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It is now clear to you that this blog, The Memoir Writer’s Blog, is an effective tool for you to learn to be a much better memoir writer. You turn to your spouse (or perhaps you are speaking to yourself) and say, “I’m getting a writing education from The Memoir Network’s blog. That’s why I turn to it whenever I commence to write.”

Then you forward a link to The Memoir Writer’s Blog to someone who is writing. You know the post you are alerting your friend to will have the same effect on him/her as it had on you.

So that’s how I hope you read The Memoir Writer’s Blog—as a way to create a context for you to delve into your memoir on a given day—today perhaps. Any one of the many posts can serve you as an entry point into the day’s creation.

What you’ll get

1. Regular, even daily, inspiration and motivation to write.

2. Education in both craft and process that will permit you to write the best memoir you are capable of.

I hope you won’t do this.

You can, of course, read The Memoir Writer’s Blog for entertainment, as a way of making a diversion for yourself so you don’t have to do the work that is the focus of The Memoir Writer’s Blog, but I hope you won’t do this.

We publish two—sometimes three—posts per week on a variety of topics in The Memoir Writer’s Blog. Keep coming and keep checking the categories and tags for topics that will help you to succeed. Subscribe via the FOLLOW at the bottom right of the page where you find this entry. You will receive a notice of every new entry.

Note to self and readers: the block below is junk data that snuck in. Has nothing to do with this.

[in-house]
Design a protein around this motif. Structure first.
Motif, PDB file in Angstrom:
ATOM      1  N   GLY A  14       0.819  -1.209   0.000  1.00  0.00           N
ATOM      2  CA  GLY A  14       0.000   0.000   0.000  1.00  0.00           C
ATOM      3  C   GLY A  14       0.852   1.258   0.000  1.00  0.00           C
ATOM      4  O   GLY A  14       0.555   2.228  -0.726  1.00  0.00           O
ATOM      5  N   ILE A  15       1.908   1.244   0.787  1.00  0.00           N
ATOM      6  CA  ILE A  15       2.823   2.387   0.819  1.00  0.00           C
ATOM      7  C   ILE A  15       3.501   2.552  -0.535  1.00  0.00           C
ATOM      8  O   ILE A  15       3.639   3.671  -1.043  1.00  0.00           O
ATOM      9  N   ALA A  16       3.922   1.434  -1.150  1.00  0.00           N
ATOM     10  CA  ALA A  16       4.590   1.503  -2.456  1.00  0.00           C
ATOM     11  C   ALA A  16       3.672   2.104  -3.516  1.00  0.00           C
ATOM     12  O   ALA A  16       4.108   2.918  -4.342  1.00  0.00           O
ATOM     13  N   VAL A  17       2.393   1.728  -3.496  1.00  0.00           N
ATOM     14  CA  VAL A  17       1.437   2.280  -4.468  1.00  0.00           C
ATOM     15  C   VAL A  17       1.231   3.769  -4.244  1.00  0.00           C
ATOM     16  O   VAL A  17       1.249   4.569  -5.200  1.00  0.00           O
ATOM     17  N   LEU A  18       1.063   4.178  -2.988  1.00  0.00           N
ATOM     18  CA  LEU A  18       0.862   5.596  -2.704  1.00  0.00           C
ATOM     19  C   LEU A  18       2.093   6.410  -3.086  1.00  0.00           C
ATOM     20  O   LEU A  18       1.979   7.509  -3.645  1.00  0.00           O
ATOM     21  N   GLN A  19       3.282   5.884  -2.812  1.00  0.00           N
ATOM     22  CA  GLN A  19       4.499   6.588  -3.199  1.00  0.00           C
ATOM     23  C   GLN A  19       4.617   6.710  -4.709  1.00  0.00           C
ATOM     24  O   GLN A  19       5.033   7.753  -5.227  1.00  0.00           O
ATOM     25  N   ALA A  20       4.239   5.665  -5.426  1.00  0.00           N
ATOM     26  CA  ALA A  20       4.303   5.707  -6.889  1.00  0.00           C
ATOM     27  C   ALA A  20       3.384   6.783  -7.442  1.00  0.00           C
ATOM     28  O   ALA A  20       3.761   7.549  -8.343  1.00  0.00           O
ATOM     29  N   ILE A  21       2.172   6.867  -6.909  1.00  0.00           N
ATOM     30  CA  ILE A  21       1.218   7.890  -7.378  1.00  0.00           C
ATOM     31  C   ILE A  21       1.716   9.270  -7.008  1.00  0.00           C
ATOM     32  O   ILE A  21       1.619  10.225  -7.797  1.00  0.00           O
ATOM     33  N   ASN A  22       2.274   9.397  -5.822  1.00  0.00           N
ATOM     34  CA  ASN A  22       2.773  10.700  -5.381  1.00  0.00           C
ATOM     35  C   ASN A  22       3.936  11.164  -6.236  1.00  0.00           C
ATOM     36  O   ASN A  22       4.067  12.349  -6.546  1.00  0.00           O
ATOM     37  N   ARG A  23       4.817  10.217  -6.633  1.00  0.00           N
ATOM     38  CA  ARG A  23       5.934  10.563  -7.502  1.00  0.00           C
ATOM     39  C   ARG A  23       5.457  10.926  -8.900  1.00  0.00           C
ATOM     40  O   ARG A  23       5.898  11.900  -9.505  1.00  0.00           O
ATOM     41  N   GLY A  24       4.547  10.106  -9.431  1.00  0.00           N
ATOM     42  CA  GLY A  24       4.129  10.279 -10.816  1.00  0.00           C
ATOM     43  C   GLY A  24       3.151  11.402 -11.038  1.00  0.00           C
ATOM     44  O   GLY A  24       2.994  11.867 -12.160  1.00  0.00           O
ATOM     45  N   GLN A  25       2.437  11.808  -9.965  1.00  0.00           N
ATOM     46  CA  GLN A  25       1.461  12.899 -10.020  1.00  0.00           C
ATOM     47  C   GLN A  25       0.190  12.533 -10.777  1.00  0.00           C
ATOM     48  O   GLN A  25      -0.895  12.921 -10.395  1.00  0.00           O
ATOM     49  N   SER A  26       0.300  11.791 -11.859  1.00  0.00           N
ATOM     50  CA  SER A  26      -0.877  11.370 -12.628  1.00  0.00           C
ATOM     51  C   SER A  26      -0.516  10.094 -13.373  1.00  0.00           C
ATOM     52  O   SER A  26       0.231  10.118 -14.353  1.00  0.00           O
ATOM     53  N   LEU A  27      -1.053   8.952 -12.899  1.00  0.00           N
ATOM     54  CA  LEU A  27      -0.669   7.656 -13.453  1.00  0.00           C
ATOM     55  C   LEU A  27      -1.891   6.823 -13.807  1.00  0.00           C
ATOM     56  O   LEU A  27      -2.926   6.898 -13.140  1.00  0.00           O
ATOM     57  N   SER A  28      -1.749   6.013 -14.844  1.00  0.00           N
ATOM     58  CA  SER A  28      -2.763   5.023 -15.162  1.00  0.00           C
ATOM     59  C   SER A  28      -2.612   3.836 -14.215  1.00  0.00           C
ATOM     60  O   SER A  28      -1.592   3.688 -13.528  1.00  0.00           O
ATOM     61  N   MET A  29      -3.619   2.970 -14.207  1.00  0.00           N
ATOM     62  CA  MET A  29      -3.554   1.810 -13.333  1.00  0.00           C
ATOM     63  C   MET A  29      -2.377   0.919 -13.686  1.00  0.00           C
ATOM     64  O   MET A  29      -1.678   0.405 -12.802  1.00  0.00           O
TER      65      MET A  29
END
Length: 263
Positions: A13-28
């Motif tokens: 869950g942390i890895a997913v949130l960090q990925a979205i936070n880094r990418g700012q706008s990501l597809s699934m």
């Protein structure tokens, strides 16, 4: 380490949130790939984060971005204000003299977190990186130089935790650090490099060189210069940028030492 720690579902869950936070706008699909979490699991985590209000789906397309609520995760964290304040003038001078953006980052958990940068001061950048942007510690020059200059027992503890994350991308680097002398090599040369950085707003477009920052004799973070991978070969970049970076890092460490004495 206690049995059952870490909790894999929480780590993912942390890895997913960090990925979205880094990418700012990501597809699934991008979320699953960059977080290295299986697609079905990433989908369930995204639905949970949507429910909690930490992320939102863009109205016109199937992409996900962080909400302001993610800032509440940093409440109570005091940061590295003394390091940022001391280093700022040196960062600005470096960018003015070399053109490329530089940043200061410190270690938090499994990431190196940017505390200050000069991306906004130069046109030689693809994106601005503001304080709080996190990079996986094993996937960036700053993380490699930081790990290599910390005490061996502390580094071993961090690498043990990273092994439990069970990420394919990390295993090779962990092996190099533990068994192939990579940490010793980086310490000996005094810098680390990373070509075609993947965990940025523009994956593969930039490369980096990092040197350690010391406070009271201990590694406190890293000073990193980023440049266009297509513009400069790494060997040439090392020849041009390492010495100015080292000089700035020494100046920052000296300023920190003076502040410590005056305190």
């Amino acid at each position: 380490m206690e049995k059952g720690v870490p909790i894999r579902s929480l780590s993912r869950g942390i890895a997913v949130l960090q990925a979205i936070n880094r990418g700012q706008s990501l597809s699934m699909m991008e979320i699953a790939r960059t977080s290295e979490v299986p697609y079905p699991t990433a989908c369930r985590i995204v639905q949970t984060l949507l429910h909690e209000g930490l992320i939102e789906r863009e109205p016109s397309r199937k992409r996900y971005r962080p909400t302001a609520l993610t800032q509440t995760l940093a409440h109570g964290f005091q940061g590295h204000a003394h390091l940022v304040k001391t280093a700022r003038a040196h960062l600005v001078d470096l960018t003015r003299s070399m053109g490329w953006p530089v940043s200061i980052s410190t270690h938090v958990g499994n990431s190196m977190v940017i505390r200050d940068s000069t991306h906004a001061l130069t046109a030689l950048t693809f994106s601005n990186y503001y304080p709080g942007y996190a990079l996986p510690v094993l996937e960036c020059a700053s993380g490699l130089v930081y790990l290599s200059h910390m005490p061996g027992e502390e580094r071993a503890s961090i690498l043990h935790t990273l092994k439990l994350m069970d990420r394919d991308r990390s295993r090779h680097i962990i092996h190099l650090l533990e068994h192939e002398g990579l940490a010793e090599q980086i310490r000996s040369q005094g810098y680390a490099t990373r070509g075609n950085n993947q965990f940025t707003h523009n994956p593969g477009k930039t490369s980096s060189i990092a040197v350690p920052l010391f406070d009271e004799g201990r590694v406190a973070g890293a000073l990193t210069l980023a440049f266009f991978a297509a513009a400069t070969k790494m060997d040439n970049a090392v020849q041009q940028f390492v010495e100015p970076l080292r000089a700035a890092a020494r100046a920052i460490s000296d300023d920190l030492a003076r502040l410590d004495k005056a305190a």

In conclusion

Keep writing. Let this be the year you write and publish your memoir.[/toggle]

sad mature businessman thinking about problems in living room

Writing Negative Experiences into a Memoir

Of course, your memoir will have a lot to say about your family, your relatives and your community. How do you write about them when your feelings are not necessarily positive? Do you omit any mention and “make nice?” How do you avoid being mired in the quicksand of destructive emotions as you are writing negative experiences into a memoir?

When writing my childhood memoir, French Boy, I had some sorrow surrounding my father and some simply critical feelings about my mother. In short, I was writing negative emotions into a memoir—mine.

Getting some insight on my memoir characters